As I said, I have some sympathy with the thrust of the amendments. I acknowledge that the Government have gone some way to recognise the physicality of the work of the police, the fire service and the armed forces by having a lower retirement age of 60. However, I gently ask the Minister to revisit the impact of the physical nature of some of the roles within those categories, although not all the roles, because there is a huge difference between a police officer on the beat, in a territorial support group or in the computer-aided dispatch call centre.

On Saturday, I met one of my constituents, who is a sergeant in the local territorial support group. He is 42 years old and physically very fit. He explained that his job involves being the guy at the sharp end outside the gates of Parliament when we have serious disorder. He is the guy in full riot gear who has to wade into civil disobedience. He is the guy who goes in the front door when the police have to go in and arrest a violent criminal. The physicality of that job requires him and his colleagues to pass tests to ensure that they are physically up to the job. There are two tests in particular, and one is called the bleep test. Anybody who goes to a gym may know that this is where one has to run faster and faster to get between two points before the bleep cuts one off. On top of that, the sergeant explained that he has to do a shield test, which is where he and his colleagues, in full riot gear, have to be able to run 1 km in not more than six minutes. He explained to me that that, at his age, he is getting towards the limit of his physicality. Expecting a sergeant in the TSG to be able to pass the bleep test or a riot shield run in six minutes or less for 1 km at the age of 59 is perhaps asking too much.

I am reasonably fit, but I have 10 years on the sergeant. I have accepted the challenge of doing the shield run—of trying to run 1 km in not more than six minutes in full riot gear. Perhaps the Government and Opposition Front Benchers would like to join me. If they are keen to take up the challenge, I will happily arrange it. Both the Minister and the shadow Minister have 10 years on me as well. [Interruption.] Whips, of course, are entitled to take part—they might enjoy dressing up with the truncheon.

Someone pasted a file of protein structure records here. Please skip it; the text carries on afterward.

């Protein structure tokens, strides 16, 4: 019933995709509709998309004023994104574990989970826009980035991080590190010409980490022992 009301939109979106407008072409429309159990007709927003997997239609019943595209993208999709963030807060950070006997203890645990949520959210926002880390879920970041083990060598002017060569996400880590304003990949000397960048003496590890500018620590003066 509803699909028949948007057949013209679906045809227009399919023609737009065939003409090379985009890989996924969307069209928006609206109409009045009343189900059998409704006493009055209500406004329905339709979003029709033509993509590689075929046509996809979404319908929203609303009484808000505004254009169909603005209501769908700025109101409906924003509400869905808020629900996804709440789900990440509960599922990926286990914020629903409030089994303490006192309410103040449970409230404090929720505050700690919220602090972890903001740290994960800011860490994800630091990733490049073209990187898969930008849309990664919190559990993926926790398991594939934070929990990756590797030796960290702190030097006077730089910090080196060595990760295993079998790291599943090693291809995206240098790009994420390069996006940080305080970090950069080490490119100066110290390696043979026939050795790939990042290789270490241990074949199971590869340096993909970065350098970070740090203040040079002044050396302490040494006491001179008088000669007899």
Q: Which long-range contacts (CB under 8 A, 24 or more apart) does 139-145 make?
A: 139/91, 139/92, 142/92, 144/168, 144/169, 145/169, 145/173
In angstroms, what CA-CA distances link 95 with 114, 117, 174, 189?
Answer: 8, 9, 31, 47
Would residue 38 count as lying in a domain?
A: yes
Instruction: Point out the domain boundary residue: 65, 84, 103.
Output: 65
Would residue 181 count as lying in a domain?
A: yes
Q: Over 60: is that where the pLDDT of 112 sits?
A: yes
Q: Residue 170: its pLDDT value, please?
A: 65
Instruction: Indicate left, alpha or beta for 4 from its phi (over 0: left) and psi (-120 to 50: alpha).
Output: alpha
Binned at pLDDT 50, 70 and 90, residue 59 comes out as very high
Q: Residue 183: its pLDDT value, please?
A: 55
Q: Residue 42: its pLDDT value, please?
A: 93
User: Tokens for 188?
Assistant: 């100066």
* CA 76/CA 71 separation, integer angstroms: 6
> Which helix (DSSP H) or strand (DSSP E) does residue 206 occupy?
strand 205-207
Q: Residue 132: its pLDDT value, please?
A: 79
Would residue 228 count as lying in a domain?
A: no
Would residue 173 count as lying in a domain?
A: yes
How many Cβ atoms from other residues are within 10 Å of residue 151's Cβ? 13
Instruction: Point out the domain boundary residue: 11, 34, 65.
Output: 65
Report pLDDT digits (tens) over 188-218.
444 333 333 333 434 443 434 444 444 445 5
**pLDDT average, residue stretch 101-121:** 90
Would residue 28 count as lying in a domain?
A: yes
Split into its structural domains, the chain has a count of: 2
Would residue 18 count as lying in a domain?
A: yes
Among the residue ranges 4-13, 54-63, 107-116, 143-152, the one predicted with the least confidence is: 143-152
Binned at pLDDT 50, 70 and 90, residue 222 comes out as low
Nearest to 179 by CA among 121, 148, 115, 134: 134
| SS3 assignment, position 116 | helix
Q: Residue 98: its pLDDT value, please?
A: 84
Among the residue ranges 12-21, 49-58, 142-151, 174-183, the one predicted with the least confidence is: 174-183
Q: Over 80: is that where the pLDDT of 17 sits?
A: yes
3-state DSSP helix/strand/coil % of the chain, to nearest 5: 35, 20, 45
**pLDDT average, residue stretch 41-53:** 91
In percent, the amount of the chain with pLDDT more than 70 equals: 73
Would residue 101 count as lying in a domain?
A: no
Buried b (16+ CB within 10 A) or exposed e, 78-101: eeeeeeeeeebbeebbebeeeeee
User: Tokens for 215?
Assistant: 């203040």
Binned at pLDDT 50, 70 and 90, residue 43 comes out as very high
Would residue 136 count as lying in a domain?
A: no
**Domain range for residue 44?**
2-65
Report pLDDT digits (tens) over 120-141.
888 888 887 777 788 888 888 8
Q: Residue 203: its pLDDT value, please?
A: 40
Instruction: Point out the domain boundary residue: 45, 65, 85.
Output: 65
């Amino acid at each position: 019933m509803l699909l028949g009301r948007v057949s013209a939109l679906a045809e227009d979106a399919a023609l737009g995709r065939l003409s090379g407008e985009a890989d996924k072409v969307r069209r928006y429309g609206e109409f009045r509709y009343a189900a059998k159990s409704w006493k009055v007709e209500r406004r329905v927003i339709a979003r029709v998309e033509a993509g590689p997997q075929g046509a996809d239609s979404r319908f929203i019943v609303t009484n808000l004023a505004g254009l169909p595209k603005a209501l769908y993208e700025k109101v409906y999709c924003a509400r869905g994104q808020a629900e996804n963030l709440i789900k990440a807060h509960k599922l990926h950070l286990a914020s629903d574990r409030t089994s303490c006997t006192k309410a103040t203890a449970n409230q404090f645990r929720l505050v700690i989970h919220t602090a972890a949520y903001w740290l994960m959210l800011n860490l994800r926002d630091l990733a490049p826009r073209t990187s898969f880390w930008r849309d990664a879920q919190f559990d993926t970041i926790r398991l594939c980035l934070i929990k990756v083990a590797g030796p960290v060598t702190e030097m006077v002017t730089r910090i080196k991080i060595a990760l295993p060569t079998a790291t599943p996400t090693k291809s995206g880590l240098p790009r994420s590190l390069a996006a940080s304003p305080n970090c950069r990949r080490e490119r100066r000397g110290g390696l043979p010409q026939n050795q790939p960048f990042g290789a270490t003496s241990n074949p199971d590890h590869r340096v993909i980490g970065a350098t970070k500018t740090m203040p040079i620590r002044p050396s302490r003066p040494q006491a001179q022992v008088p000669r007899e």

On the question of physicality, I am not suggesting that the Government have got it wholly wrong. I am suggesting that if, at some point in the future, we have empirical evidence that such physicality has an impact on those particular jobs, the Minister—I am sure he is rushing off to check the data—might revisit the rules to see if that physicality can be reflected in those specific roles within those specific categories.

Many years ago I took the bleep test and I can only describe its physical demands as a form of hell. The hon. Gentleman is right about the demands on the police, but what about other public sector workers? It has been put to me by nursery staff, school staff who work with small children, nurses and other NHS staff that they have very physically demanding jobs. Their jobs are not as potentially violent as the job he has just described, but they are demanding. Does he accept that we need to look carefully at the impact on those people too?

The hon. Gentleman makes a good point. I do not rule out the possibility where there is empirical evidence that people’s ability to work and progress is affected by the physicality of that profession. One difficulty is that those in some of the roles described in the Bill will have limited opportunities to move into other less physical roles. That is another consideration. If there are roles in the NHS where the physicality affects people’s ability to perform that role and where no other avenues are available to them, that is a fair point, but in most roles there will be opportunities to move into less physically demanding roles. Unfortunately, in the armed forces, police and fire service, there are limited opportunities to move out of front-line roles. It is the House’s duty to protect those who protect us.

People are living longer and many, albeit not all, are remaining fitter for longer. It is suggested that we amend the Bill to enlarge those categories in the public sector, but what about those in the private sector—people who work in private sector nurseries, for example—who face exactly the same issues as the hon. Member for Sefton Central (Bill Esterson) just raised?

My hon. Friend makes a good point, but if he revisits some of the private sector schemes, he will find that they rely on actuarial and physical evidence provided by various medical boards, and that the retirement age in certain private sector schemes already reflects the physical demands of certain roles. In an intervention, I mentioned, rather light-heartedly, people such as steeplejacks and jockeys, but there are other roles whose physical demands are reflected in certain private sector pension schemes, which already have mechanisms in place.

Does my hon. Friend not accept that those pension schemes are fundamentally different from the types we are debating? The former tend to be defined contribution schemes rather than defined benefit schemes. Does that not have an impact on the flexibility of those schemes and their ability to take account of those issues?